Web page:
See now here’s a whole article about how exceptionally morally reflective Mathew Martoma was in college and graduate school.

One of his friends calls him “very smart and ethical,” and wonders: “Did the situation and SAC push him over the edge?”

Brown University’s highest-profile trustee, Steven Cohen, does run a strikingly … aggressive hedge fund, but if you allow people to blame Martoma’s insider trading indictment (he’s accused of the most lucrative insider trading in history) on his environment, you’re allowing them to blame the bad behavior of everyone (and everyone here means everyone from a less wonderful, less gloriously privileged environment than Martoma’s, which is to say everyone) on their environment. If you blame Martoma’s downfall on the misfortune of his having been hired by the most powerful, prestigious hedge fund in the world, I mean boooohoooo. Fuggedaboutit.

This guy isn’t your average impressionable morally middling guy. He’s described by lots of people as keenly knowledgeable and sensitive in the moral realm. There’s Dr. Rieux over there risking his life every day to save Oran from the plague, presiding stoically at the bedside of a child dying in appalling agony; and here’s Martoma bringing to that novel acute insights on the capacity of human beings to empathize with and sacrifice for one another. How can a guy able to reason about morality at that level cheat and steal like a son of a bitch?

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Er, is this really a problem for you? Do you really think there’s a puzzle to work out here? Have you read Dr. Faustus, Notes from Underground, Hamlet, or almost any serious work of literature?

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We can go back and forth, and I’m happy to go back and forth, about the utility of ethics courses in business school. Say we appoint David Petraeus to lecture in such courses, along with other people we think of as moral paragons. If we’re lucky, the focus of his lectures will be the very complex vulnerabilities and blindnesses and compulsions that lie within all of us.

Not that understanding this, even on a very high level, will tend to make you, personally, more ethical. Ask Michael Martoma, and many other insider traders who share his excellent upbringing, his excellent education, and his exquisite moral reasoning, about that. If anything, the staggering good fortune these people have enjoyed all their lives, their easy entry into elite settings, their great wealth, even their great intellect, tends to make them feel removed from the common suffering humanity that Dr. Rieux found so compelling. These days, Americans are wealthy in ways unimaginable in the past. Steve Cohen’s personal fortune is close to ten billion dollars, and Michael Martoma moved very much in Steve Cohen’s world. The power, and the almost absolute removal from common human life, this sort of wealth — or a life lusting after this sort of wealth — yields, has — obviously — for many people — disastrous moral consequences. No business school is going to talk honestly about this, because no business school wants to be in the business of saying Come to study here, and we’ll teach you all about limits.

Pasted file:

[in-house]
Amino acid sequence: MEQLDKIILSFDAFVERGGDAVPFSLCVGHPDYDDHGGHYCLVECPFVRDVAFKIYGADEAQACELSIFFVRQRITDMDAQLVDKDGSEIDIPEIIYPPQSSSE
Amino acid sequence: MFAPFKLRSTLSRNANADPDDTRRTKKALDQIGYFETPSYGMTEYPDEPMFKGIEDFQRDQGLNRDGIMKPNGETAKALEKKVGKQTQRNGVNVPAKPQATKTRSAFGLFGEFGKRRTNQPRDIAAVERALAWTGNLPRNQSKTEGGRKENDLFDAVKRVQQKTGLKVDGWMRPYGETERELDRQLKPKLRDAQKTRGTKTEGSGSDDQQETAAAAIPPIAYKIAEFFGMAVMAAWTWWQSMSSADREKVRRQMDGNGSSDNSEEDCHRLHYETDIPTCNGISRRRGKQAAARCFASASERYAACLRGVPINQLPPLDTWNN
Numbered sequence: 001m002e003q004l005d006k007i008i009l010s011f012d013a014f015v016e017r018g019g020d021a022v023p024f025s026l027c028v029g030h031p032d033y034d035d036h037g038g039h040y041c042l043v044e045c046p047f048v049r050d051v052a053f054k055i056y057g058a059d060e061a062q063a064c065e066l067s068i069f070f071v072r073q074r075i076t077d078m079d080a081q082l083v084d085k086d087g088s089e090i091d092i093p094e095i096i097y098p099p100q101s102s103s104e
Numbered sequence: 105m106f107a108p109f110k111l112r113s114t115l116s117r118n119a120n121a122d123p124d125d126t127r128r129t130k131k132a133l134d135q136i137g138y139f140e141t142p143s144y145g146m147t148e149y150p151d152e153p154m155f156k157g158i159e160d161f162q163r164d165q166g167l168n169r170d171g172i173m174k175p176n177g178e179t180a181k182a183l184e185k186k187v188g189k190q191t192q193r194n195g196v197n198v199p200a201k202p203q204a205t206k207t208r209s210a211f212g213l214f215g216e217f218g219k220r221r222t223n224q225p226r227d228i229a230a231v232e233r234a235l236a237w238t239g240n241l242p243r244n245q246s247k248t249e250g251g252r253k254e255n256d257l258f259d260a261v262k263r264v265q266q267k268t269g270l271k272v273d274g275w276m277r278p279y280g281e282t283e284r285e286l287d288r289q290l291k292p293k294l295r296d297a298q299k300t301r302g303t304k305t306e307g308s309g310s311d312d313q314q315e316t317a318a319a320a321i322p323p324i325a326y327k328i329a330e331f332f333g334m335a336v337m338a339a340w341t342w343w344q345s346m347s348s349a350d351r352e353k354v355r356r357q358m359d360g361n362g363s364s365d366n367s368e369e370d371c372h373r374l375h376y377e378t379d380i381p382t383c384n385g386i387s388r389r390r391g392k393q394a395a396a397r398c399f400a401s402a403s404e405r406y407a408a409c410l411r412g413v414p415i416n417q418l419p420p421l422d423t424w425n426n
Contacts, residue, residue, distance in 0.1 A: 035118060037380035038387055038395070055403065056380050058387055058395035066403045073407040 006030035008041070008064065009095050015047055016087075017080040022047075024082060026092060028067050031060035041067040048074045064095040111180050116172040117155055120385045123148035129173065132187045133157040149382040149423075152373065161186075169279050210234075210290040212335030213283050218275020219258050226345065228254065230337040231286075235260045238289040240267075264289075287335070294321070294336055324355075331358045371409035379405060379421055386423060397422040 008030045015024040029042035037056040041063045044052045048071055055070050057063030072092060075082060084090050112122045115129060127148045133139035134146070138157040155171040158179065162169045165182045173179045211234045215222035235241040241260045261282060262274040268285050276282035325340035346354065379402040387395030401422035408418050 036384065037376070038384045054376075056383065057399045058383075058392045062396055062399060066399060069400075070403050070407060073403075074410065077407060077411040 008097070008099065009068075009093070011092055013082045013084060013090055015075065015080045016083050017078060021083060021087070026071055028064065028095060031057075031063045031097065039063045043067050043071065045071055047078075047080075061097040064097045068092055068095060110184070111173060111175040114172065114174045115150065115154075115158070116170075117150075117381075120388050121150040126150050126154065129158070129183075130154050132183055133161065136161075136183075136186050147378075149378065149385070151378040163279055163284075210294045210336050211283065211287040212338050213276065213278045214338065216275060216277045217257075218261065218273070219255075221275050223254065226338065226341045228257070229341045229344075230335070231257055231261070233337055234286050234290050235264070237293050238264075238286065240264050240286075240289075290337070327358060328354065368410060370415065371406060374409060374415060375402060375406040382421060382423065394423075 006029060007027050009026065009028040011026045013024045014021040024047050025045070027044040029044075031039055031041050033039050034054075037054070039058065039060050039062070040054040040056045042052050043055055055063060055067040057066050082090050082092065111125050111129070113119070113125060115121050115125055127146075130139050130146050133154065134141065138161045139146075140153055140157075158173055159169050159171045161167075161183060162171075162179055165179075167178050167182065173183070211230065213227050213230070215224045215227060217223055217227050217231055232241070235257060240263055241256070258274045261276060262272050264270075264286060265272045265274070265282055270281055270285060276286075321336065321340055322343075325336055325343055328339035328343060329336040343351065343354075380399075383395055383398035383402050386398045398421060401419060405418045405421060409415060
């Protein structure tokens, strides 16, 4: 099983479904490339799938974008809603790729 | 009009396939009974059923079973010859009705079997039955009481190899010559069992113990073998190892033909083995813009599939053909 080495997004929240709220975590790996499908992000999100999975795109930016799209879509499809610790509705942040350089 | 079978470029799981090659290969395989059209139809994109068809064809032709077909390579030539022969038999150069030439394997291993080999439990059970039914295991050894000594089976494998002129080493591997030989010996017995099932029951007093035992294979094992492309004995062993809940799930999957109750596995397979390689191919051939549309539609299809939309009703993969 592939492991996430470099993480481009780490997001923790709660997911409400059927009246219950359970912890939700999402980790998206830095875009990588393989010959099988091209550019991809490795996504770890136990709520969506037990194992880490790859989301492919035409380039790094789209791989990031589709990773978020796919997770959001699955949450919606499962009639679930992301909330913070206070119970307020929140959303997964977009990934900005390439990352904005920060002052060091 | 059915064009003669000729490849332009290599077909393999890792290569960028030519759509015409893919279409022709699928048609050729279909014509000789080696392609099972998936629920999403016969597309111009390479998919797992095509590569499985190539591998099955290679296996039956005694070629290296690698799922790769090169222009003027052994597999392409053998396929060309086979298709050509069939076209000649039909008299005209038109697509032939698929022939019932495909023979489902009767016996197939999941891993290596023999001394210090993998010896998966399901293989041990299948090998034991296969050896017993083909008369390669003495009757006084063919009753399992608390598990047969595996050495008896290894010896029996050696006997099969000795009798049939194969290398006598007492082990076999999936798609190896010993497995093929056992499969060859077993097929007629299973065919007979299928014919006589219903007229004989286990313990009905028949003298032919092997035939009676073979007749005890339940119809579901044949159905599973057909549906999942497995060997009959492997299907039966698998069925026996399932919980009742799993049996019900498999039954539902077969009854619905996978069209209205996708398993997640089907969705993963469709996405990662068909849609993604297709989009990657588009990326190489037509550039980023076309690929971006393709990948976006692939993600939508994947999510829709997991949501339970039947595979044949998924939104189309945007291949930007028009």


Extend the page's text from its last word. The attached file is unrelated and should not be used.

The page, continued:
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6 Responses to ““No one … contributed more to our class discussions of Sissela Bok’s `Lying,’ nor was anyone in our class as acute on the issues of moral capacity raised by Camus’ `The Plague.”‘”

  1. adam Says:

    All of the above applies to Dr. Gilman – he enjoyed a stellar progression and academic promotions from Harvard to Columbia to the chair of neurology at The University of Michigan; he enjoyed trusted and privileged access to confidential information; he basked in his reputation as a respected role model for aspiring academic physicians. He knows about ethical codes and professional boundaries. When did his ethical compass begin to fail, and why? Like Martoma, he didn’t cross the line because of his environment.

  2. Margaret Soltan Says:

    adam: Now that he’s been quietly allowed to retire, and now that he’s cooperating with the SEC, I doubt we’ll ever have the pleasure of hearing this man’s excuses. But if I had to guess, I’d say it would go like this:


    Mathew was a son to me. In him, I saw my young self, full of life and a desire to make the world a better place. I now see that he cleverly played on an old man’s weakness in order to get information out of me…

    At least I think this is Gilman’s best play. But I don’t think he’ll have to use it.

  3. david foster Says:

    Is the successful pursuit of wealth inherently more corrupting than the successful pursuit of political power? Personally, I’d be even more concerned about the ethical character of aspiring politicians and senior government officials than about the ethical character of aspiring hedge fund managers…not to in any way trivialize the latter, but the potential damage that can be done by those in the first category is even greater than that than can be done by those in the second.

    You mentioned Dr Faustus….here’s a post I wrote a couple of years ago about the theme of Ambition in Goethe’s Faust:

    http://chicagoboyz.net/archives/12144.html

  4. MattF Says:

    Well, we’ve all heard that ‘virtue is its own reward’ but I’m guessing that, in these various ethics classes, no one points out the obvious but unpleasant corollary to that assertion.

  5. Van L. Hayhow Says:

    Wow. A non-prosecution agreement with the feds. Hard to do. He must have some explosive stuff. Now, how will the feds get the jury to believe it without charging the doctor with something. We’ll see, but if the feds pull this off, the jail sentence will be astonishing.

  6. Margaret Soltan Says:

    Van: I didn’t know these things were that rare. Will Martoma’s lawyers claim that Gilman’s age makes his memory iffy, etc?

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